Most of the equipment that Pepé takes with him into the wilderness represents his newfound sense of maturity, masculinity, and manhood. These items include his black coat, his hat, and his rifle. The coat belonged to his father, and it’s likely that the other items did as well. By taking these objects with him on his journey, Pepé symbolically carries on his father’s legacy. This entails both accepting his role as the man of the family, as well as following in his father’s footsteps and dying an early, violent death. Notably, Pepé’s gear causes two transformations throughout the story: he completes his transformation into a “real man” when he dons the masculine equipment at the start of his journey, but he transforms again as he slowly loses each item one by one in the wilderness. Ironically, the items do very little to help Pepé survive in the mountains—they mostly serve as purely symbolic trappings that identify Pepé as a man. Even the rifle is seldom fired and doesn’t help him survive in the end; it’s just another surface-level prop that makes Pepé look and feel more like a rugged, independent, and fully grown man.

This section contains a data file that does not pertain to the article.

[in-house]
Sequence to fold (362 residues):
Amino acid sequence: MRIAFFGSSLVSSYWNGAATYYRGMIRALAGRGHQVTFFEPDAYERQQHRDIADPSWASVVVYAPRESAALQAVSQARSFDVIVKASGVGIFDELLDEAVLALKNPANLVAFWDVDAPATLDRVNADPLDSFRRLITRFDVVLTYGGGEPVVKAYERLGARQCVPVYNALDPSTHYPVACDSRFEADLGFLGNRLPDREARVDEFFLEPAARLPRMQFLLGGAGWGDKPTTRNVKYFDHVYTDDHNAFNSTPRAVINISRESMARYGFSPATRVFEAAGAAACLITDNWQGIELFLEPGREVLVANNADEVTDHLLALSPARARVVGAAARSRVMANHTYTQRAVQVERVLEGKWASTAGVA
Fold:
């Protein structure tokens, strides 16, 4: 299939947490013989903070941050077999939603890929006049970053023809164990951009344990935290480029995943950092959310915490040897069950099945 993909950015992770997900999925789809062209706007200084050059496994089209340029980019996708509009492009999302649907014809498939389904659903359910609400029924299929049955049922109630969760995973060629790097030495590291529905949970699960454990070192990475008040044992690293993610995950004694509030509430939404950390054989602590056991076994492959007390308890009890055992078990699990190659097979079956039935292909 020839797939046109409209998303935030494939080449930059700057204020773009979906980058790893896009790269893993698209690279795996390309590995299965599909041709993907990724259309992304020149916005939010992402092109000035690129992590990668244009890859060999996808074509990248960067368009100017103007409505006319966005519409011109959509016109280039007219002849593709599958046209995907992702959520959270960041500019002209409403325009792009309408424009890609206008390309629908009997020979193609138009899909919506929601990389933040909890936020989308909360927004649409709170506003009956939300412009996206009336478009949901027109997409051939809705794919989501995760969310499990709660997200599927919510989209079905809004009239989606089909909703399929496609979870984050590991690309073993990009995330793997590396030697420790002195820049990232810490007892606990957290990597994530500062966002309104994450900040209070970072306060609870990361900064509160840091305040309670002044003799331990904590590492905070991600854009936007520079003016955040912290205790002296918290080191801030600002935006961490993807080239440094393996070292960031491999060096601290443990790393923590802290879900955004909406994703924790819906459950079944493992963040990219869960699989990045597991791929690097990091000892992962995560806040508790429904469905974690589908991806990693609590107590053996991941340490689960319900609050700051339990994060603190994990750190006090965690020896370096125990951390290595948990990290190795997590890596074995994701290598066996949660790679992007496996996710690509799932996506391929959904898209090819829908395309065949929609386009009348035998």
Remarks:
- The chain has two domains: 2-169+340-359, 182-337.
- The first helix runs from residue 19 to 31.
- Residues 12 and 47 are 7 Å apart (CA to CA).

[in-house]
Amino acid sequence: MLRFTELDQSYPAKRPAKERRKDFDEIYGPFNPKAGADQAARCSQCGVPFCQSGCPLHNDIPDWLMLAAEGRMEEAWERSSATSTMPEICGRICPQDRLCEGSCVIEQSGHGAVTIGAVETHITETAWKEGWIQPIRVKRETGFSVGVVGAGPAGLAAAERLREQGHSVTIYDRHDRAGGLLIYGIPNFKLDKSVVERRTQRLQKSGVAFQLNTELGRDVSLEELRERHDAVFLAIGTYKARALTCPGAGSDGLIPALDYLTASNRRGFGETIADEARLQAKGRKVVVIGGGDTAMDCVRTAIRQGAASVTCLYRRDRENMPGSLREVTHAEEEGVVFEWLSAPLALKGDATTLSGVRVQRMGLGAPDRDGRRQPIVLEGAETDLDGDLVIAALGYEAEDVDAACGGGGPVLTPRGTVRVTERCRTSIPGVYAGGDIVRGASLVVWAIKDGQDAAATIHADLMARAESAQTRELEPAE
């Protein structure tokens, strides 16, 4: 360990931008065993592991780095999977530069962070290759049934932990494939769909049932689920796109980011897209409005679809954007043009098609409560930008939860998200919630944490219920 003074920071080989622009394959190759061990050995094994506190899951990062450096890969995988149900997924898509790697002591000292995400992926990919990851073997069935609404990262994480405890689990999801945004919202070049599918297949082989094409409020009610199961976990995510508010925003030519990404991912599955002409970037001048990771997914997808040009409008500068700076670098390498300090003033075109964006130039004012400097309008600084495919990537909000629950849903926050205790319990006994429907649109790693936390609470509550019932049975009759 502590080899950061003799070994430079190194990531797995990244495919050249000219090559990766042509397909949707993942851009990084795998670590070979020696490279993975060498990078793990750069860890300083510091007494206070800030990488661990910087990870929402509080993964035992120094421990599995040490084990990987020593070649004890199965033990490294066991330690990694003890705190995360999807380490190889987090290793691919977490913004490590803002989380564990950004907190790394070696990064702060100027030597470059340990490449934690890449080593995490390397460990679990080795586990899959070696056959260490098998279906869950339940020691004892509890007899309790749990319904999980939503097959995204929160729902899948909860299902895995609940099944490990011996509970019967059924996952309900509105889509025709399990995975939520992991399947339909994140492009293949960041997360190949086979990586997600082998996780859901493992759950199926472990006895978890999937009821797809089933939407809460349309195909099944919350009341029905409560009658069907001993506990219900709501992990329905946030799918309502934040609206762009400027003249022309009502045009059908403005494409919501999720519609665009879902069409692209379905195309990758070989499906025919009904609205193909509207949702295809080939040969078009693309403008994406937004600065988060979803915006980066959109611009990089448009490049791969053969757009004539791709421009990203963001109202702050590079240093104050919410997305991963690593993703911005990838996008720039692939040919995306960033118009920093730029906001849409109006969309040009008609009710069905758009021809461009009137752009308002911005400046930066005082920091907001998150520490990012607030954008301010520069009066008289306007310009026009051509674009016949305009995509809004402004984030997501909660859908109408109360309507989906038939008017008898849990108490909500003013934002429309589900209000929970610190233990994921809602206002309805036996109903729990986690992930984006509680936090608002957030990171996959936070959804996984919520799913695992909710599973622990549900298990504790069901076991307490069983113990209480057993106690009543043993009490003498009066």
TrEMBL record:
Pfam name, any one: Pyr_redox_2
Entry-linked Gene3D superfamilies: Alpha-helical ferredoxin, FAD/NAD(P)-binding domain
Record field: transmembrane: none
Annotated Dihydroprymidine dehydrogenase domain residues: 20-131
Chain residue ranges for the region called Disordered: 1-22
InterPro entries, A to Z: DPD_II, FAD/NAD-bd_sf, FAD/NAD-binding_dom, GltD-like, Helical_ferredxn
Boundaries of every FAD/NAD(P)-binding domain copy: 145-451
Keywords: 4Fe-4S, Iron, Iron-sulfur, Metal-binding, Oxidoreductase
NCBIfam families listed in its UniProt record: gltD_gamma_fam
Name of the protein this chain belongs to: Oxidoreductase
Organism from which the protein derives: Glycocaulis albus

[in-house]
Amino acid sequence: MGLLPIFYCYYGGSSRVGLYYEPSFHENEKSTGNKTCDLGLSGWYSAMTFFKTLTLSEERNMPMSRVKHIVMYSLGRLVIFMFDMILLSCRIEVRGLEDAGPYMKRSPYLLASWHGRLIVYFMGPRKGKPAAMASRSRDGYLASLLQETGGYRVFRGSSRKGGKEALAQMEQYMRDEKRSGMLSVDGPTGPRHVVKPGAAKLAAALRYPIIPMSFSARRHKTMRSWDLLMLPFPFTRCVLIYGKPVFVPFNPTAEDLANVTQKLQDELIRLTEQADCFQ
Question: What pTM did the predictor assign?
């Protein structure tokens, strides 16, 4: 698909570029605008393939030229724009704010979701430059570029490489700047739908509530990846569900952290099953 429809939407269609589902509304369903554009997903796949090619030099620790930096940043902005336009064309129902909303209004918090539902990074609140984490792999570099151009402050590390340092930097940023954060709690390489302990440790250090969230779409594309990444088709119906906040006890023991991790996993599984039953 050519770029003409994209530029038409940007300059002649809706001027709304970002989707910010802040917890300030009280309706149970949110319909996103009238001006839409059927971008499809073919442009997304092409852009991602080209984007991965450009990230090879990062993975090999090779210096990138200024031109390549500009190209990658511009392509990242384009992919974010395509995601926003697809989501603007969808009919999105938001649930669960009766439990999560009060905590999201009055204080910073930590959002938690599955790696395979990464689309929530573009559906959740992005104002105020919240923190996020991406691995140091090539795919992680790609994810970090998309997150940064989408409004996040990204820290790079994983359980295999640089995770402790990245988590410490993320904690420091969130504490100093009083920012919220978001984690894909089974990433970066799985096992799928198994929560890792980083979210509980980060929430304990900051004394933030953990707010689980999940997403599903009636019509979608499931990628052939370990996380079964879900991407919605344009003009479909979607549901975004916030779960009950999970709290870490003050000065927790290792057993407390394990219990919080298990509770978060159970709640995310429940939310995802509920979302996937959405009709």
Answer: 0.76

As he sheds the hat, his father’s coat, and eventually his weapon, Pepé’s romantic ideas about masculinity slowly fall apart, and he’s forced to face the brutal, violent world that had previously been dressed up and made less frightening by his symbols of idealized manhood. Without the sense of confidence granted by his manly equipment, he accepts that—just like his father—he’s become someone else’s prey. In a similar vein, his father’s knife is Pepé’s first symbol of his newfound manhood, which he loses in the first moment of “becoming a man” as he uses it to kill the person who insulted him. Pepé instinctively reaches for the lost knife several times throughout his journey in the wilderness, illustrating how he continues to grasp for an encouraging, ideal sense of masculinity that simply isn’t there for him anymore.
Pepé’s Gear Quotes in Flight
The coat of his father pressed on his arm. His tongue was swollen until it nearly filled his mouth. He wriggled out of the coat and dropped it in the brush, and then he struggled up the hill, falling over rocks and tearing his way through the brush. The rifle knocked against stones as he went. Little dry avalanches of gravel and shattered stone went whispering down the hill behind him.